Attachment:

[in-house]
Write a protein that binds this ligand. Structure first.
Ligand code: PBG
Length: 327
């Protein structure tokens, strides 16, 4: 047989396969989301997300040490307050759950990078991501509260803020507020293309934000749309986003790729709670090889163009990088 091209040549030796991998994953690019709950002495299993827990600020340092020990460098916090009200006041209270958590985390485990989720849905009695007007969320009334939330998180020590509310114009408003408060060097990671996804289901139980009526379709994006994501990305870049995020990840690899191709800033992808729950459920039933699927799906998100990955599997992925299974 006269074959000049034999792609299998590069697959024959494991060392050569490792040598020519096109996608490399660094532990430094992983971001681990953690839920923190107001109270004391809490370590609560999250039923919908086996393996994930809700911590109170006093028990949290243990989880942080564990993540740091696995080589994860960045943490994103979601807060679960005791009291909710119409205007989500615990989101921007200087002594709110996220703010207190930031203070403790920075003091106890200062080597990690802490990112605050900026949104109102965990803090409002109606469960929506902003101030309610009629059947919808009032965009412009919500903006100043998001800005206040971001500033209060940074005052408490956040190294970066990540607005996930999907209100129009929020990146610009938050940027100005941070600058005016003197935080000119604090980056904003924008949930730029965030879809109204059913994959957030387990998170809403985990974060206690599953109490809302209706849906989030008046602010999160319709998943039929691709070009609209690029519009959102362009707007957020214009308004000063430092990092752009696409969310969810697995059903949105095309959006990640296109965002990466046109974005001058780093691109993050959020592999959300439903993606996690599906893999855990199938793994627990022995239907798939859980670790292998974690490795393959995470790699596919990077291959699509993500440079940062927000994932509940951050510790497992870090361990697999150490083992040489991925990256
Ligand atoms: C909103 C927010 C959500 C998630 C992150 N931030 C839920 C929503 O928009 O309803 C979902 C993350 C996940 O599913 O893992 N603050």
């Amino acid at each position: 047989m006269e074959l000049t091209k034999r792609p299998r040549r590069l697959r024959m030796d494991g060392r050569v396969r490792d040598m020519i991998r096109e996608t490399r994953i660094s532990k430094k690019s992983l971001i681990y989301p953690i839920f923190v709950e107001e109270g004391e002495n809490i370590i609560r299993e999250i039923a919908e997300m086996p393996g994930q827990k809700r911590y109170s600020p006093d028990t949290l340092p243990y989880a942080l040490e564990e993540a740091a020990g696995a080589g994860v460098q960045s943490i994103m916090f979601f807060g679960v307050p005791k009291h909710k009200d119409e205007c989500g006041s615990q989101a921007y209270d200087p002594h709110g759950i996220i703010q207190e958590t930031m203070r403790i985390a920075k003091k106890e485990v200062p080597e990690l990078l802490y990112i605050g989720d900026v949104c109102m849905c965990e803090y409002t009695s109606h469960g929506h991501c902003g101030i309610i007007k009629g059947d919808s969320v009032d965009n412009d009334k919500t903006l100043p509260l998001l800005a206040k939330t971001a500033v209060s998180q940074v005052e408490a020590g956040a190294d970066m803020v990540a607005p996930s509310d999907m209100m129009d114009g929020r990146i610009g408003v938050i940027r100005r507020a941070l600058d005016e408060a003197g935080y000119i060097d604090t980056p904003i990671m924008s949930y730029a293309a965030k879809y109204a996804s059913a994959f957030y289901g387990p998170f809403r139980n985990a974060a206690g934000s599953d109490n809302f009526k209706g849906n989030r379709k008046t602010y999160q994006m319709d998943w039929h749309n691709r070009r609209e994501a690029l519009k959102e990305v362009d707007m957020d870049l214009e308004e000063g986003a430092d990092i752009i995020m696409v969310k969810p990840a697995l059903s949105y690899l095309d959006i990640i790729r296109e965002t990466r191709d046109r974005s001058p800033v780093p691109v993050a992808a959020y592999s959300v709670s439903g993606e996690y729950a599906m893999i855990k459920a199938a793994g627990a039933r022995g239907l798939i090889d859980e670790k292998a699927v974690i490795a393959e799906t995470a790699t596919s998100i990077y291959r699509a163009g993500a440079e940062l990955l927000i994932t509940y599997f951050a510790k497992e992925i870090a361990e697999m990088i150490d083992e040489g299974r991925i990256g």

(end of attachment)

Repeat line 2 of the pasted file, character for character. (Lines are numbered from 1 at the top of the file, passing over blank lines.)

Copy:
Write a protein that binds this ligand. Structure first.